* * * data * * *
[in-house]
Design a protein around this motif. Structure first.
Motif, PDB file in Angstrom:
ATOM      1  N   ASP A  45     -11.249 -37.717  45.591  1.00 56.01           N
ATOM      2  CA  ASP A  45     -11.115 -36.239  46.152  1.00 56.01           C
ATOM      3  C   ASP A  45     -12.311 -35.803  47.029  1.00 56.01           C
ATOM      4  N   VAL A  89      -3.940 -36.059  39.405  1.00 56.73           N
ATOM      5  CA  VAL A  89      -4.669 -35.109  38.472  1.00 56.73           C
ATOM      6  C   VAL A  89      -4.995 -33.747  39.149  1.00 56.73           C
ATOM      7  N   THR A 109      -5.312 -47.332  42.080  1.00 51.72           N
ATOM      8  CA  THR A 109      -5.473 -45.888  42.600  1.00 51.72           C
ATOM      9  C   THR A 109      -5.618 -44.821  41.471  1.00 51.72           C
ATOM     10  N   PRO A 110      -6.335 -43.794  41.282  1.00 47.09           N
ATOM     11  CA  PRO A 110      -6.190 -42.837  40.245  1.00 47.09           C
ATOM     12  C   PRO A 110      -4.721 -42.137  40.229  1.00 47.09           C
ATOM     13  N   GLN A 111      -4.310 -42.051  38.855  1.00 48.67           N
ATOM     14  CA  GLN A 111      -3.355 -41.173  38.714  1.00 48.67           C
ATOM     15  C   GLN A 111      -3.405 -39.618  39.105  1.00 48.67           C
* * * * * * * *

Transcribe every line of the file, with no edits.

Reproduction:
[in-house]
Design a protein around this motif. Structure first.
Motif, PDB file in Angstrom:
ATOM      1  N   ASP A  45     -11.249 -37.717  45.591  1.00 56.01           N
ATOM      2  CA  ASP A  45     -11.115 -36.239  46.152  1.00 56.01           C
ATOM      3  C   ASP A  45     -12.311 -35.803  47.029  1.00 56.01           C
ATOM      4  N   VAL A  89      -3.940 -36.059  39.405  1.00 56.73           N
ATOM      5  CA  VAL A  89      -4.669 -35.109  38.472  1.00 56.73           C
ATOM      6  C   VAL A  89      -4.995 -33.747  39.149  1.00 56.73           C
ATOM      7  N   THR A 109      -5.312 -47.332  42.080  1.00 51.72           N
ATOM      8  CA  THR A 109      -5.473 -45.888  42.600  1.00 51.72           C
ATOM      9  C   THR A 109      -5.618 -44.821  41.471  1.00 51.72           C
ATOM     10  N   PRO A 110      -6.335 -43.794  41.282  1.00 47.09           N
ATOM     11  CA  PRO A 110      -6.190 -42.837  40.245  1.00 47.09           C
ATOM     12  C   PRO A 110      -4.721 -42.137  40.229  1.00 47.09           C
ATOM     13  N   GLN A 111      -4.310 -42.051  38.855  1.00 48.67           N
ATOM     14  CA  GLN A 111      -3.355 -41.173  38.714  1.00 48.67           C
ATOM     15  C   GLN A 111      -3.405 -39.618  39.105  1.00 48.67           C